Twitter Tumblr FlickrFacebookContact me
Now 2019 Previous Articles Road Essays Road Reviews Author Title Source Age Genre Series Format Inclusivity LGBTA Portfolio Artwork WIP

Rating System

5 stars: Completely enjoyable or compelling
4 stars: Good but flawed
3 stars: Average
2 stars: OK
1 star: Did not finish

Privacy policy

This blog does not collect personal data. It doesn't set cookies. Email addresses are used to respond to comments or "contact us" messages and then deleted.

The City in the Middle of the Night: 05/03/19

The City in the Middle of the Night

The City in the Middle of the Night by Charlie Jane Anders is a delightful dense and complex science fiction novel. It's set on a planet with a rotation around the sun that is the same as its revolution, meaning the areas of day and night are fixed. Cities and cultures have adapted, though they may not be the most welcoming.

Though the world and world building is complex, Anders makes things more approachable by using simple English terms for complex ideas. The fun here is in reading the descriptions that lead to a mental picture that doesn't match the usual one.

The narrative is told from two points of view. The first is that of a student, Sophie, who is expelled from school and nearly executed for what should be a minor infraction. The second point of view is that of Mouth's, the sole survivor of a pioneering family, now living as a smuggler.

Sophie and Mouth's stories are personal ones. They have small parts in a much larger story, one of revolution. To me, this book reads like a pared down Dune but told from points of view of two of the supporting characters. And in place of Paul, there is a young woman.

I'm not going to go into the details of the revolution because I want you to read this novel. Instead, I'm going to point out how this book fits into the road narrative spectrum.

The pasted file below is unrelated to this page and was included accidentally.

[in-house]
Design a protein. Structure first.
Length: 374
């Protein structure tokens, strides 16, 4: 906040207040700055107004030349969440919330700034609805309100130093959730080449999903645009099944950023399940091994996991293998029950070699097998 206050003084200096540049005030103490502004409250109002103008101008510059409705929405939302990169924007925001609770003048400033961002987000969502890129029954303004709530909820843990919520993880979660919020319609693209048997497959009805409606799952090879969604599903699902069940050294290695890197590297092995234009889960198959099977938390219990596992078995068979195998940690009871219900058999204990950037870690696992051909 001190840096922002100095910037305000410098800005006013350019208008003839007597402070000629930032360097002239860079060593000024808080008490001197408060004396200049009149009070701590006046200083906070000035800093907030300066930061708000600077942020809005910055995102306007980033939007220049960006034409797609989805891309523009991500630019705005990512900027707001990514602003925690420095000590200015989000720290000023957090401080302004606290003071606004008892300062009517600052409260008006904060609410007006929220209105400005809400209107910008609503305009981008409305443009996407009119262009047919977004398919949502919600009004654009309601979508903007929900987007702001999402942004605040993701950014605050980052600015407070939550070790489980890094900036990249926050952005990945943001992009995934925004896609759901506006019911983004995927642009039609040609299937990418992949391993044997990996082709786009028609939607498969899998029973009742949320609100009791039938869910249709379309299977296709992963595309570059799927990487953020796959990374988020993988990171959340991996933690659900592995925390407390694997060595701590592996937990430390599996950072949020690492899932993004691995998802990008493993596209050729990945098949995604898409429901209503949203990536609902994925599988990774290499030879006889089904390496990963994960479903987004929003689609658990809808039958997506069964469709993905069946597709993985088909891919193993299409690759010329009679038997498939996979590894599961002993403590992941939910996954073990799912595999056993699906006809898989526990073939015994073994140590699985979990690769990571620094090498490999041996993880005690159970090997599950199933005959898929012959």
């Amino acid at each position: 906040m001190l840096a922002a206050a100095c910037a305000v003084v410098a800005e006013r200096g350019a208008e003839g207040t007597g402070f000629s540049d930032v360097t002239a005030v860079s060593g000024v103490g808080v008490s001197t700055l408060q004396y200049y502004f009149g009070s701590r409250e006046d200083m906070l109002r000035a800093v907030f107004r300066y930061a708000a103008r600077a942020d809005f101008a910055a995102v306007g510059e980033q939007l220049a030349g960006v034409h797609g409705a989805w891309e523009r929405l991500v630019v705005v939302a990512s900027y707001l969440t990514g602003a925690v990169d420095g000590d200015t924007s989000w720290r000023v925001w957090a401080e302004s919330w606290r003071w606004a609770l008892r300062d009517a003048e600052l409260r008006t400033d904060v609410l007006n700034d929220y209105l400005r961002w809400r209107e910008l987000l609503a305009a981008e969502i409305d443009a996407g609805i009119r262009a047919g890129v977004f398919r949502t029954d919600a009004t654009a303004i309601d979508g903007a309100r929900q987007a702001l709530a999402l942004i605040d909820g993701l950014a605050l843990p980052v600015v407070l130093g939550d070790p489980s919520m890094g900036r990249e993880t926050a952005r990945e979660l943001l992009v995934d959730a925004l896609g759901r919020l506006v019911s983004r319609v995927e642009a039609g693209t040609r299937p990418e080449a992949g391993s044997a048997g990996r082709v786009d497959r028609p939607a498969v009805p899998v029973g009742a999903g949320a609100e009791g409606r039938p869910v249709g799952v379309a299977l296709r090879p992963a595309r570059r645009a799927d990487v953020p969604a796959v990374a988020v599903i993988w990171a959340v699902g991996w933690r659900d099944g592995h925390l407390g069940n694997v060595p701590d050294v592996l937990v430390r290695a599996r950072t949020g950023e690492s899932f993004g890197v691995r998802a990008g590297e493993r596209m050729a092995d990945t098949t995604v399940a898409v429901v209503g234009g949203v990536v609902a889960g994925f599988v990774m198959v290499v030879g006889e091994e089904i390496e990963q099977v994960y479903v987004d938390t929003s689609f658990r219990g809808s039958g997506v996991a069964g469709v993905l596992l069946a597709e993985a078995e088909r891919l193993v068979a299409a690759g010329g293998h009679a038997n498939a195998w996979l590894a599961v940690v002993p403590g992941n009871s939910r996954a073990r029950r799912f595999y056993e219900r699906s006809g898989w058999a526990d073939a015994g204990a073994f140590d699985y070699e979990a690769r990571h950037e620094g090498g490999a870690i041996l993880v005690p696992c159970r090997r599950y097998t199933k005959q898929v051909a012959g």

Like the co-protagonists of An Unkindness of Ghosts by Rivers Solomon, Sophie and Mouth share roles as Scarecrow and Minotaur (99). Sophie, a product of the labyrinthine city feels trapped by it and is persecuted by it. She is therefore the Minotaur. Mouth, while having suffered greater personal losses, is free of the city and has come to provide help (for a fee). She is therefore the Scarecrow.

The destination is the city (00). It is also where most of the action takes place, though both do leave it and come back. The city is the be all and end all of this novel. In the spectrum, the city is the most obvious (and in some genres, the safest) destination. In this novel, not so much. The city is as dangerous as the wilderness, just differently so. It is oppressive. It is restrictive.

As bad as it is, though, is it a dystopia? Does it count as a utopia (no place) for the sake of the road narrative spectrum? I argue no, because from the points of view of Sophie and Mouth, the city, as terrible as it is, is mundane. It is a mappable, knowable place within the confines of their worldview.

Most of the travels these two protagonists take are through Sophie's city. While the city is circular, something they both mention, and while the Minotaur is associated with the labyrinth, the city and the planet are both too dangerous to be considered an easy path, or a transformative one. Therefore, the path is that of the maze (CC).

Put all together The City in the Middle of the Night is the tale of a scarecrow and a minotaur navigating the dangers of the maze to bring revolution to the city.

Four stars

Comments (0)

Email (won't be posted):
Blog URL: